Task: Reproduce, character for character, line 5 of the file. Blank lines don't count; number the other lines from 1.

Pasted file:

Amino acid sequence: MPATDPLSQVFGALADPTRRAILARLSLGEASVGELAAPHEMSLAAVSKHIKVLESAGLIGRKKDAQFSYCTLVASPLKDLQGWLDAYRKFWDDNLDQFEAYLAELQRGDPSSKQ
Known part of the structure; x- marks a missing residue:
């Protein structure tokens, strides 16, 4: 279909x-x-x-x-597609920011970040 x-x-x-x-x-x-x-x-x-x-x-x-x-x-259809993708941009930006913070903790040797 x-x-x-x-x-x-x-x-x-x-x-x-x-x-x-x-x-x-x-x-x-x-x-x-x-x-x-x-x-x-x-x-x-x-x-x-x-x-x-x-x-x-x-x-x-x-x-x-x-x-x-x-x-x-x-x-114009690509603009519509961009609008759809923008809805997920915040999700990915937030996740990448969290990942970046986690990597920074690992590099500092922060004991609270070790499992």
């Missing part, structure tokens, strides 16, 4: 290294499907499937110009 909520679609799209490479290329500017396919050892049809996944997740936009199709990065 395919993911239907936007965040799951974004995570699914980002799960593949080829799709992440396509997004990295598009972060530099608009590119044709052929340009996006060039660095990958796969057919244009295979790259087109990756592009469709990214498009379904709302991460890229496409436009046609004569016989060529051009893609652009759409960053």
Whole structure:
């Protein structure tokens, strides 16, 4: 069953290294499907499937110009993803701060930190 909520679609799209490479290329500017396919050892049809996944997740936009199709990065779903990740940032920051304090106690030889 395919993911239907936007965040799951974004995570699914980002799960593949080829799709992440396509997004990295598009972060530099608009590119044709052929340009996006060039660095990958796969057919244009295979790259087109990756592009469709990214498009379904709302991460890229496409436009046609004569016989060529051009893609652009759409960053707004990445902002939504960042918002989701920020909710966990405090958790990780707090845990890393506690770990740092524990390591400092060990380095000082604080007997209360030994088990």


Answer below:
Whole structure: